The impact of rising house prices in London is not confined to the capital, a study from Hometrack has found – it may also be spreading across the commuter belt through a 'ripple effect'.
In March, London house prices climbed by 1.8 per cent – a rate not witnessed since July 2002.
And special features of the London housing market, including the upward pressure exerted by City employees spending record Christmas bonuses, are taking effect on the wider region, the housing information firm found.
During March, Berkshire, Kent, Suffolk, Hertfordshire and Surrey all showed above average growth, which was at 0.8 per cent nationwide.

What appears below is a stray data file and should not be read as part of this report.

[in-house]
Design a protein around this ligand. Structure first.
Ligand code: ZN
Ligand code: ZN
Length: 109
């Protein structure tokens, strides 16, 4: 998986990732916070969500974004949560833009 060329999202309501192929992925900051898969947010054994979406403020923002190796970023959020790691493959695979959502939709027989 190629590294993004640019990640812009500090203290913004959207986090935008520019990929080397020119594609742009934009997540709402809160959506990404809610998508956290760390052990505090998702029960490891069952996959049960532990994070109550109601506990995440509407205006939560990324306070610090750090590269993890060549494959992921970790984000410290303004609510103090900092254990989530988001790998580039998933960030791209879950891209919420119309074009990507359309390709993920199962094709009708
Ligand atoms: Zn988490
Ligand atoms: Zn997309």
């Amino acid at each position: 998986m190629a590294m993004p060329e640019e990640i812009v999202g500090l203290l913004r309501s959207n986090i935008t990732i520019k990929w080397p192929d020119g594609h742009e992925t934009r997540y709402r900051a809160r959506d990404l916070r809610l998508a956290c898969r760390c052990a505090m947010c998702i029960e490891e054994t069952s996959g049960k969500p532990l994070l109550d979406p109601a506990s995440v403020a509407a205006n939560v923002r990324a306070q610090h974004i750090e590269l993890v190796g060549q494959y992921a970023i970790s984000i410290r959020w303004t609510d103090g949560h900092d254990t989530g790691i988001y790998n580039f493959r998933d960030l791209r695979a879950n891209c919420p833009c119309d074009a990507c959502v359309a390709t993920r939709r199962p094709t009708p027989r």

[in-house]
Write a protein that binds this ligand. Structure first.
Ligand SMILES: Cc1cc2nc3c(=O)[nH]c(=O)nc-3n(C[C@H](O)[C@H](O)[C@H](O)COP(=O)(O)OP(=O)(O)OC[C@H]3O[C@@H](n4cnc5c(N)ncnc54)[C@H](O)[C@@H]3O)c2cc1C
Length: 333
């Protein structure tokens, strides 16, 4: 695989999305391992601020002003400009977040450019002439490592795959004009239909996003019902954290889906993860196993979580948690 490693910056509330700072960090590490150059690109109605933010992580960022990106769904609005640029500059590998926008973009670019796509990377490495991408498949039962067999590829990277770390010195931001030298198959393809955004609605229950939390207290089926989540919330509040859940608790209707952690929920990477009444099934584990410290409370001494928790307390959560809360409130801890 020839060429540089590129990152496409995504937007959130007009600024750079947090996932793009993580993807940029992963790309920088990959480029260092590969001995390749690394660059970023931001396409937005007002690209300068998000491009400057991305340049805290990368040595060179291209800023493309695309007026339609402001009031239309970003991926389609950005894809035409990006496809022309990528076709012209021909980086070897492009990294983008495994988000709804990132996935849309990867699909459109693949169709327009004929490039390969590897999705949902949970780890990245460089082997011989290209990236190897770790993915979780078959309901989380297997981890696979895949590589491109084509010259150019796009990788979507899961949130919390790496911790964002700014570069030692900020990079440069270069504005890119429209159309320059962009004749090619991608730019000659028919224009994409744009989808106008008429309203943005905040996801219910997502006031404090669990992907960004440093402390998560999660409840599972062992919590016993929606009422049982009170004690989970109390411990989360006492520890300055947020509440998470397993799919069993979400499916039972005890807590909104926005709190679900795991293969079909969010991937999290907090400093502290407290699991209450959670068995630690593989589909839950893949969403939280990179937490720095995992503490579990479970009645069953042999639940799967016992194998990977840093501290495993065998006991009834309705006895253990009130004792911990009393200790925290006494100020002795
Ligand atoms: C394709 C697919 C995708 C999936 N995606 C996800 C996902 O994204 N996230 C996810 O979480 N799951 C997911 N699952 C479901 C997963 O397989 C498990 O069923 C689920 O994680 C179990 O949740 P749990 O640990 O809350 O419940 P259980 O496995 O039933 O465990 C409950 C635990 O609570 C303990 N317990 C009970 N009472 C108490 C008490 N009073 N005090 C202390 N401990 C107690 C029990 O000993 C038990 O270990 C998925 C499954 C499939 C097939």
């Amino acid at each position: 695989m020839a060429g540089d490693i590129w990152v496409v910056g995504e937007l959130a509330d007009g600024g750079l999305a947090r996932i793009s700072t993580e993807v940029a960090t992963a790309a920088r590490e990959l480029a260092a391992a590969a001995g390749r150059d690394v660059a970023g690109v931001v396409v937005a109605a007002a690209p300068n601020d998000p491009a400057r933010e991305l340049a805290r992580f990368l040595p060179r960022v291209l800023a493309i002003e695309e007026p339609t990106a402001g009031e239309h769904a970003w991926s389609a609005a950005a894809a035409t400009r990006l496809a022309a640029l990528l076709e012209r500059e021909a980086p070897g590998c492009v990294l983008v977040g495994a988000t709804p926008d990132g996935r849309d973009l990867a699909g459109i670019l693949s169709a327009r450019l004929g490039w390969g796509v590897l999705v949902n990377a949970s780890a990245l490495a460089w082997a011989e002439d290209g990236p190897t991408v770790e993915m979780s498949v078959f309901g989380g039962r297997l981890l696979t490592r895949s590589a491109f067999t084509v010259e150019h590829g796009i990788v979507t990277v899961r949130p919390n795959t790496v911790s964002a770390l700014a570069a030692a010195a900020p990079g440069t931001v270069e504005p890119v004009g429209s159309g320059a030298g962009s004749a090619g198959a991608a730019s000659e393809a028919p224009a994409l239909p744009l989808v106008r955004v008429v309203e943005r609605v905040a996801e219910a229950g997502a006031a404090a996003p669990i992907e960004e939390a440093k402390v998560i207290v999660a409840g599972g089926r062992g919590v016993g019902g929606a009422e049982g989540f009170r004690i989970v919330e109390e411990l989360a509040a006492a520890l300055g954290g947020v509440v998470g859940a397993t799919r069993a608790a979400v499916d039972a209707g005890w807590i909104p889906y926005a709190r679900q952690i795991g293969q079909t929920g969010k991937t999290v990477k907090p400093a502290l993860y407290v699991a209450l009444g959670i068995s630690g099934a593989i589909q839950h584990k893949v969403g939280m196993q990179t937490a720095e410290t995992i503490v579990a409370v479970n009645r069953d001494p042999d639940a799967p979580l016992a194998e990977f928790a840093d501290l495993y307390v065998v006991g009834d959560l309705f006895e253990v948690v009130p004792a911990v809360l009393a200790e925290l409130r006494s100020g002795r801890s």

Outlying London suburbs saw house prices rise more rapidly than inner-city areas, too – price growth of 1.6 per cent in Westminster contrasted with three per cent in suburban Merton, 3.5 per cent in Sutton and 2.4 per cent in Brent.
"What we are seeing is a ripple effect," commented Richard Donnell, Hometrack's research director.
"Only a weakening in buyer confidence or a major increase in supply will see upward price pressures ease in the London market," he added.If you are considering buying or selling property, click here for more information.
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